Allen then haunts the pre-chorus multiple times letting everyone know how shitty you all think of her: “I’m a bad mother, I’m a bad wife/ you saw it on the socials, you read it online.” The real hit arrives in the last lines of the same measure, when she drops the bomb, “If you go on record saying that you know me/ Then why am I so lonely?/ ‘Cos nobody fucking phones me.” Between the sunset production and tepid version of her reality she presents, I instantly related to the feeling of constantly being surrounded by bodies, but my phone ultimately silent from no contact. I felt happy I was out of this ill-fitted relationship, but felt kinship to the uncertain vocal tones and blurry disassociation from calm reality.
If “Come On Then” represented the ending of my recent relationship, than her lead single, “Trigger Bang,” serves as the wakeup call I can’t seem to follow through with. Lily Allen sings with a slightly autobiographical edge and details her early life hanging with “rude boys and trainers” and making passive references to the reasons why we utilize substances like cocaine in the first place. While the rap from Giggs captures the young zeal of the early 00s Allen, the track follows the constant theme of leaving the “cool gang” behind in order to dump her addiction to the “whirlwind” and those who squash her ambitions. Even with this constant mantra repeating itself after the insightful verses, the moment of reckoning for both Allen and I when the stark transition from the past segues into the present:
I need to move on and grow some,
Been in the Firehouse for too long.
LDN’s burning, so tan one.
I’m gonna love you and leave some,
I’m gonna go out while I’m still strong, hey.
In the 70s exploitation film, Valley of The Dolls, the cast is constantly haunted by the “dolls,” or the nickname for the substances which limit their ambition and keep them in the same space they started. Lily knows how to exist as a functional addict, but realizes the danger of keeping those influences in her life and destroying everything she worked for.
Lyrics aside, the sound of the album compared to her 2014 misstep seem to have found its footing in multiple genres, achieving the goal she probably set for her past work. “What You Waiting For?” offers a catchy reggae backing with a story of Allen accepting the remorse of her own shortcomings within a relationship and coping with the new-found solitude of her singularity. Mentally battling back-and-forth within and debating whether to reach out, Lily accepts that she turned a “strong man weak” and expresses the regret of how her relationship ended.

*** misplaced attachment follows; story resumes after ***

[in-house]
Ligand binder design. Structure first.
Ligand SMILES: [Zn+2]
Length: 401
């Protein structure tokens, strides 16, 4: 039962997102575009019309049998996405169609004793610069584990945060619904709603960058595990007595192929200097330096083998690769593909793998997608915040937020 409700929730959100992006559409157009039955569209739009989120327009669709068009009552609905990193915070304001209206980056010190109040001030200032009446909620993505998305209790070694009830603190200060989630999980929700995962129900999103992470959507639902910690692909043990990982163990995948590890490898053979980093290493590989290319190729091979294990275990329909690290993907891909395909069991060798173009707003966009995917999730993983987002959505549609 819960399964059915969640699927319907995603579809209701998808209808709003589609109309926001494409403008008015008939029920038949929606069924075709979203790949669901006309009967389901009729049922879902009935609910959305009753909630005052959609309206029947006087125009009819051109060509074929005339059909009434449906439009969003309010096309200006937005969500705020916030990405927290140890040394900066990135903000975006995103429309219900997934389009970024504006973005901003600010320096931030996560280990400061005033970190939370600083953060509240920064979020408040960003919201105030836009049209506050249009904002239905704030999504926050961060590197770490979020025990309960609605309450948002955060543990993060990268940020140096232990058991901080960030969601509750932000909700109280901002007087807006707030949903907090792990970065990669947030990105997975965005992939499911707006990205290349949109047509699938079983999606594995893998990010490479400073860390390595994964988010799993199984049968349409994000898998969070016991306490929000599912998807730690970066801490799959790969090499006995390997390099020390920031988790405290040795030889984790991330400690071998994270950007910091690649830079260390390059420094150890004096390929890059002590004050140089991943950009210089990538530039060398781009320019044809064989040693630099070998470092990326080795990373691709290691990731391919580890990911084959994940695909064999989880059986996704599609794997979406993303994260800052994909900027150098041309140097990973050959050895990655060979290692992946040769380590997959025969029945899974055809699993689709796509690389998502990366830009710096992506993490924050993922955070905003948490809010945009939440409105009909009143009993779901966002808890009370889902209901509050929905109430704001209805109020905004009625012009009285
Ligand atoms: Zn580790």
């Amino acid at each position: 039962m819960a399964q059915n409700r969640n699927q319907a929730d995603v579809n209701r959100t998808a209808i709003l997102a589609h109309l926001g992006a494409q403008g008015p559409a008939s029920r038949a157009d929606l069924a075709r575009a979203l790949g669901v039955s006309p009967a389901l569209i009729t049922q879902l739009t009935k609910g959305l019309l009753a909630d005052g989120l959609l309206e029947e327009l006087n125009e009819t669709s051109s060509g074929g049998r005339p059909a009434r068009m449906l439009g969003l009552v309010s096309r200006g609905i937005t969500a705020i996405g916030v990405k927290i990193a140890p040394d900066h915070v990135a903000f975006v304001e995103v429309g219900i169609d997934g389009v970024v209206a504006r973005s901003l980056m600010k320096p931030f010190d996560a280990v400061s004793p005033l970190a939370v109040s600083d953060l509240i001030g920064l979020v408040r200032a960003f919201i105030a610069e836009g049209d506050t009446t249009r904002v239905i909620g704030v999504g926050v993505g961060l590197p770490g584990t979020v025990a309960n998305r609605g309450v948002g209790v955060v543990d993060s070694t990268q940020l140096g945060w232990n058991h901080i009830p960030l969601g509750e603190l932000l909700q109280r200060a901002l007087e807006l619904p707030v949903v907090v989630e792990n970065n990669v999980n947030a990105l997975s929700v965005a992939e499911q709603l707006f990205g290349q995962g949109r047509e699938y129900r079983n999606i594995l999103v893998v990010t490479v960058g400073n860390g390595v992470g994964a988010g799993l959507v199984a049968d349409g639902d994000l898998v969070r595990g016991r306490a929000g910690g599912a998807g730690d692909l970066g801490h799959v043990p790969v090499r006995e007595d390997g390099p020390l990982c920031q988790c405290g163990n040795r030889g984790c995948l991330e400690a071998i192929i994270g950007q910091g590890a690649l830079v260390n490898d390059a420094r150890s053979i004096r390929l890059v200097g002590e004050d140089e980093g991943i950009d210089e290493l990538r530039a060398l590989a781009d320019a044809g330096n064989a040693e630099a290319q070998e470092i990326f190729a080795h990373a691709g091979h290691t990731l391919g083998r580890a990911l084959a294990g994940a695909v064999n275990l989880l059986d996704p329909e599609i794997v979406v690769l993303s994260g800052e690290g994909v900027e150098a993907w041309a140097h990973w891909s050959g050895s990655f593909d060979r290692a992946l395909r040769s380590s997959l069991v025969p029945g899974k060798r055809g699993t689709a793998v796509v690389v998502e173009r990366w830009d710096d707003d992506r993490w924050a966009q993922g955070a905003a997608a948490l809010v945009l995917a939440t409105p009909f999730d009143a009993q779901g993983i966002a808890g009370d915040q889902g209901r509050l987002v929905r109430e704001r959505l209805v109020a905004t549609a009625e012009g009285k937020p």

If the track order were up to me, I would have placed the equally up-beat-yet-downtrodden single “Lost My Mind” after “What You Waiting For?” as it utilizes certain 2009 Lily Allen trademarks of vague, abstract narrative with what seems to be a flowy marimba riff. Like the last track covered, “Lost My Mind” deals with the isolation a partner can feel post-breakup and sympathizes with those like myself who can’t stop looking at their phone, waiting for that one response.
Jumping back to “Your Choice” featuring Burna Boy, Allen takes a more whimsical Caribbean approach to the last days of a relationship, fighting against her partner’s insecurities while she encourages him to enjoy the scenery a bit more. I will be the first to admit that I am not entirely fond of every rap feature in a Lily Allen track, but Burna Boy contributes some heavy lyrics mimicking more of a duet between him and Lily than Lily and her ex-husband.
“Higher” brings a specificity to the abstract stories Allen has been painting, targeting an individual who she feels has been bringing her to the last rope. Even as she recognizes the signs of this relationship being toxic to her well-being and acknowledges his failures, both he and Lily know the stakes will only be raised higher and higher. As Allen accuses her lover and asks “why did you do it, why would you choose to abuse me,” her continued pleas are only meant by their deaf ears as she begs this person not to roll their eyes again.
I don’t think there has ever been a time when I didn’t cry to a portion of “Family Man.” As the first track Allen wrote for the album, this simple Carpenters-inspired ballad features Allen playing three characters in one song: the chorus sympathizes with the pain her partner went through in her absence, while the verses explain how much she loves him even though some things weren’t meant to be. Although we both know the public result of Lily Allen’s relationship, the hopeful bridge that promises they will persevere is laced with a feeling of futility and multiple entendre: Allen knew they wouldn’t last, but held on to the last thread of making it work with the needed result of her wanting the space she needs to process.